However, it still stores your PostgreSQL username and password in memory, so it can use it again if you have the cookie from your last successful login. It does not store the password on disk, but that is still not good, because it could presumably still allow someone to steal all the passwords after a breakin, which would then endanger users who use the same password on other website. I cannot easily avoid this because it’s the PostgreSQL username and password that I’m using for login. PostgreSQL does store a hash rather than the plaintext password, but still requires the plaintext password to be supplied to it. I think I’ll have to generate PostgreSQL passwords and hide them behind a separate login username/password. Those passwords will still be stored in plaintext, but we won’t be storing the password entered by the user. I’d like to make this generic enough that I can use other authentication systems, such as Google’s for App Engine.

To avoid session hijacking, I made the cookie “secure”, meaning that it may only be provided via a secure protocol, such as HTTP. I believe this also means that client (javascript) code is not allowed to read it, so it can only be read by the server via HTTP(S). I did that with the javax.servlet.http.Cookie.setSecure() method, though I had to make a build change to make that available.

The login servlet now checks that it has been called via HTTPS, by using the ServletRequest.isSecure() method, and uses HTTPS when testing via mvn gwt:run. It refuses to do any authentication if HTTPS was not used, logging an error on the server.

In the client side code

I added a check for what protocol is used. If it’s not https then I warn that login cannot work. This does not add any security, but it’s a helpful hint.

Actually, the entire site must therefore be served via HTTPS, not just the login page, or we would violate the Same Origin Policy by mixing protocols, which the browser would rightfully complain about. At this point I noticed that most serious sites with logins now use HTTPS for their entire site. For instance, Google, Amazon, Facebook. This seems like a good simple rule, though I wonder if many projects don’t enforce it just to make debugging easier.

I also converted the popup login dialog into a proper login page, making sure that it takes the user to the desired page afterwards.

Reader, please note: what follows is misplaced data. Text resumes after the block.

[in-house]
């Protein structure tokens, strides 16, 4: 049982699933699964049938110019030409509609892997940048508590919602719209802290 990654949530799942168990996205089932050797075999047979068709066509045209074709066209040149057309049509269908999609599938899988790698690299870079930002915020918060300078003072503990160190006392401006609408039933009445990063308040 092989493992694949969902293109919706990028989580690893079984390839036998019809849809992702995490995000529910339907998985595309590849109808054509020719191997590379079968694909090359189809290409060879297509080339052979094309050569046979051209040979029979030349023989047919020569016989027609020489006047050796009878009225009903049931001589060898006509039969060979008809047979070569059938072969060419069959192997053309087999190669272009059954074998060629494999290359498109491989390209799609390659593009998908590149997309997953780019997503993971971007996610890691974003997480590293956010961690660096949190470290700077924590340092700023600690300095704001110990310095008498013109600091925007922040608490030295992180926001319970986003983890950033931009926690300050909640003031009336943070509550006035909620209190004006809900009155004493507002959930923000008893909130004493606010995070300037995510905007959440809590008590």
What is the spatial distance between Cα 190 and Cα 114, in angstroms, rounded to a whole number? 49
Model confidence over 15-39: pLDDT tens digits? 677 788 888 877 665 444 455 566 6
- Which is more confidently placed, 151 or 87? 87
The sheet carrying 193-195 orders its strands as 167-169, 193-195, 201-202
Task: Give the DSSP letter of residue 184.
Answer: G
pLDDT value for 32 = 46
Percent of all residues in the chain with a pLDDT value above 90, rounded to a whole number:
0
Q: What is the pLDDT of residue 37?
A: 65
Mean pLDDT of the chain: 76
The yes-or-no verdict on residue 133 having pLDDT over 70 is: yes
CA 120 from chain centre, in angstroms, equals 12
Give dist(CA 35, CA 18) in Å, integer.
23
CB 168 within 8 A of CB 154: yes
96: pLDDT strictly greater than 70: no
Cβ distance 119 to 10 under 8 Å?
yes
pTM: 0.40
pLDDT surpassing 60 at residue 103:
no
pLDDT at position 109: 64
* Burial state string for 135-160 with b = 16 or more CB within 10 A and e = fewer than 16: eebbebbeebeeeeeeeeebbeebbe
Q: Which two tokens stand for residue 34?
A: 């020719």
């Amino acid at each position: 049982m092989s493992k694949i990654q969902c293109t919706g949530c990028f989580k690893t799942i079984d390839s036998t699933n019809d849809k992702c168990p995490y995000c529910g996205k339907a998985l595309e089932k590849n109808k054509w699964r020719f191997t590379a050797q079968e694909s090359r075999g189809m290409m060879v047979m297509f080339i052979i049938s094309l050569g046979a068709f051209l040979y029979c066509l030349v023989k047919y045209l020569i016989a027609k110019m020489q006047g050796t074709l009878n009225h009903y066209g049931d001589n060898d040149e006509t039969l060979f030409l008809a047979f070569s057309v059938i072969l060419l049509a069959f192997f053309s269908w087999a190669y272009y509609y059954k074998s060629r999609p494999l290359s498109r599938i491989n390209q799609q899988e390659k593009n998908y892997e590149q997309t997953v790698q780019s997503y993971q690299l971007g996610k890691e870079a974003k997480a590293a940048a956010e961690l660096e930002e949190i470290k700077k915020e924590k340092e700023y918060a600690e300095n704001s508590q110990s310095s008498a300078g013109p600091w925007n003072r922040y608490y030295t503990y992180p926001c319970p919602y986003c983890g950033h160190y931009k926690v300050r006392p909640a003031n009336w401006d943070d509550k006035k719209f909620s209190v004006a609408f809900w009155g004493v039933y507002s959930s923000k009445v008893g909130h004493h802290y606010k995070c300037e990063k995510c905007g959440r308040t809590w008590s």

Online Glom: Image fields

I found some work in one of my old branches and cleaned it up, so now OnlineGlom supports image fields too.

Online Glom with an image field

As usual, it was far more work than seemed necessary. GWT’s Image widget is not much more than a wrapper around the HTML <img> tag, so I had to create a separate service, with the same authentication system, to serve image data and invent a URL syntax to refer to the images from the database. It is certainly easier with GTK+ code on the desktop, even when delivering the image data asynchronously. This feels like something that a web progamming system should take care of, even if this is what happens behind the scenes. I wonder if any do.

Next, I want to make sure that OnlineGlom can handle tables whose primary keys are not numeric, because we’ve been hard-coding that in a few places. Then I hope I can start the big job of supporting data editing.

Online Glom is now all Java

Over the last couple of weeks I have reimplemented just enough of the C++ libglom code as Java in Online Glom‘s gwt-glom, removing the need for java-libglom (which wrapped libglom for Java via SWIG). It’s now working and deployed on the Online Glom test server.

This makes both development and deployment much easier. It also made the source code all camelCase so it’s not offensive to the eyes of Java coders.

To replace libglom’s use of GdaSqlBuilder, I used jOOQ. That worked well, thanks to its maintainer, Lukas Eder, who was very helpful and who quickly added some API that I needed.

Now that the code is all Java I really hope that more people will look over the code and point out anything that can be improved. I still don’t know Java like I know C++ so please don’t be shy about telling me that I have made mistakes.

GWT, Javascript, and serialization

Removing the use of java-libglom let me simplify the code, because I can now send object, such as LayoutItem, to the client without needing to copy it into a separate LayoutItemDTO object that existed just because the original wasn’t serializable, so it could be sent from the server (Java) to the client (JavaScript, compiled from Java).

However, this raised some new issues. I wanted some of the objects to contain some extra cached data, so that the client code did not have to calculate it itself, often by retrieving some other related object. Right now these are extra member variables in the classes, but that prevents me from splitting the code off into a new java-glom library.